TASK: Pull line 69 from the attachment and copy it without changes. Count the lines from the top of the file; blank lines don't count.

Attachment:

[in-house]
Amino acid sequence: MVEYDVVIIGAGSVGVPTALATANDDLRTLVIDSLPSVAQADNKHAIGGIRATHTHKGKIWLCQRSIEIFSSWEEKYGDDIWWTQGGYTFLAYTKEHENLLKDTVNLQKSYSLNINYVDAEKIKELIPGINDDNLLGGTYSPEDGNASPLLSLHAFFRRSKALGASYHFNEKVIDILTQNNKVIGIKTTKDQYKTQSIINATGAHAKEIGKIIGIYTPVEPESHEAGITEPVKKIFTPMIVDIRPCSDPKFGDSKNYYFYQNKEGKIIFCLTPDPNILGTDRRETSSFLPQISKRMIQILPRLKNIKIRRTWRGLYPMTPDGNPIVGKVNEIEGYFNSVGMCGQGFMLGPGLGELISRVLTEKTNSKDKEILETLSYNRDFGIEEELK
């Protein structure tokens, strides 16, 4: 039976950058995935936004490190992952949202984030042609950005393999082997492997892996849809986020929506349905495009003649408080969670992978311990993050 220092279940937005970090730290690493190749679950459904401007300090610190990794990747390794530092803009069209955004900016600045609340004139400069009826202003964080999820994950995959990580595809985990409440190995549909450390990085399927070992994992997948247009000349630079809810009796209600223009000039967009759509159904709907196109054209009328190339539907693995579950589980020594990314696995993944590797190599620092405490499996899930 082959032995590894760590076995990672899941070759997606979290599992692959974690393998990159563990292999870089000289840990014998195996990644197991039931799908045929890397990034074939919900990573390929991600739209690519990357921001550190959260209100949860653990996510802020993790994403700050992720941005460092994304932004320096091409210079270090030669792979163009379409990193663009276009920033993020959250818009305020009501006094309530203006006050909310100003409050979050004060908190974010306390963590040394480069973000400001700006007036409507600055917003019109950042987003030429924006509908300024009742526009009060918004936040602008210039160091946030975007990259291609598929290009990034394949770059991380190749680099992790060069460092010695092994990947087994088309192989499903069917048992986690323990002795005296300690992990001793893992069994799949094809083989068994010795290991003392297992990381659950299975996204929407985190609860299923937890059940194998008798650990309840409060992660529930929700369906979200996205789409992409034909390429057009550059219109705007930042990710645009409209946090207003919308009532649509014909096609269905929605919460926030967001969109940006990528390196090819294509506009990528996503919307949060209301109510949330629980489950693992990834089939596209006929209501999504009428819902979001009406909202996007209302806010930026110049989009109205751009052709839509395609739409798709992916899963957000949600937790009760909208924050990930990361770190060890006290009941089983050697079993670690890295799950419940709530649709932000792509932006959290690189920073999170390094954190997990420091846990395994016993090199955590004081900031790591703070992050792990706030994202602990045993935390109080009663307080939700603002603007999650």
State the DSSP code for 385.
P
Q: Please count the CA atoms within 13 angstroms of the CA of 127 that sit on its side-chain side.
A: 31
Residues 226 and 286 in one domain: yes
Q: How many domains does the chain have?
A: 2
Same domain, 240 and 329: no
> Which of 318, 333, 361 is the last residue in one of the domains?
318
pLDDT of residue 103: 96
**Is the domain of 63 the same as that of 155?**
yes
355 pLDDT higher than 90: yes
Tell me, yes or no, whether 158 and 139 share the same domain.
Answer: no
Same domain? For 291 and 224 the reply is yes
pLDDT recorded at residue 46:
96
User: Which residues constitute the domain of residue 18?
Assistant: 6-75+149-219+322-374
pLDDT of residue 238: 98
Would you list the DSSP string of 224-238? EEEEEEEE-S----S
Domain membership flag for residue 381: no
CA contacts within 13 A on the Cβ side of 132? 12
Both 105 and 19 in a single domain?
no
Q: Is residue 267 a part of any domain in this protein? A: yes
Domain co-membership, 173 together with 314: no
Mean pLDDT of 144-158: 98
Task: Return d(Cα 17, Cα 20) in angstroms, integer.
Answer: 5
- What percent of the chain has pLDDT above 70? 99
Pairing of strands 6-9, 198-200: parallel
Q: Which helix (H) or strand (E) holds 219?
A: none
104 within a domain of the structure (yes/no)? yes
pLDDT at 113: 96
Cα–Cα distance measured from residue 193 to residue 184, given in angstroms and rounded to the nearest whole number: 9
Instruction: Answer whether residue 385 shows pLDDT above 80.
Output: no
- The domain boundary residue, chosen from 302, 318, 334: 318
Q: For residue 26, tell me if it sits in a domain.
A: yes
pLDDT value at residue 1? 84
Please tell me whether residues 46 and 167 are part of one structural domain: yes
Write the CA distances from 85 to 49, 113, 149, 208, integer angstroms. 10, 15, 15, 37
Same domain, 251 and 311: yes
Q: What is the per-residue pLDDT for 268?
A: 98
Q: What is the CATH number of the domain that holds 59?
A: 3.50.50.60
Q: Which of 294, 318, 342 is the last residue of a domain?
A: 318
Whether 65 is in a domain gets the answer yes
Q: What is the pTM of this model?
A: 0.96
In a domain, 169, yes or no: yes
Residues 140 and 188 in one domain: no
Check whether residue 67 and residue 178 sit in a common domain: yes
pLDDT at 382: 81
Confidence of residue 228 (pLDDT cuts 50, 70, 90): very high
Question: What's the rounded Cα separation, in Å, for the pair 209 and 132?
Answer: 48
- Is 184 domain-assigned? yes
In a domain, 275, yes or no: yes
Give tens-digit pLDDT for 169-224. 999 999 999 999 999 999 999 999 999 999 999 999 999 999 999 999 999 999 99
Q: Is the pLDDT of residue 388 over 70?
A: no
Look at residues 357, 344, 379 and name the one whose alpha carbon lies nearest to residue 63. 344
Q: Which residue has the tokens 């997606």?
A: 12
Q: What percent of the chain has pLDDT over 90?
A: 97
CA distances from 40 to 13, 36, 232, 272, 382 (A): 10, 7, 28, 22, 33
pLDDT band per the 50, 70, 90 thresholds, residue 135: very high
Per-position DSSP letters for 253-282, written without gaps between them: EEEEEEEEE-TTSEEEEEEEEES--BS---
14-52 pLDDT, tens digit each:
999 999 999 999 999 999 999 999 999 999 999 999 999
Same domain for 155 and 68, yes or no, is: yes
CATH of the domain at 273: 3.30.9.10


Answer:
In a domain, 275, yes or no: yes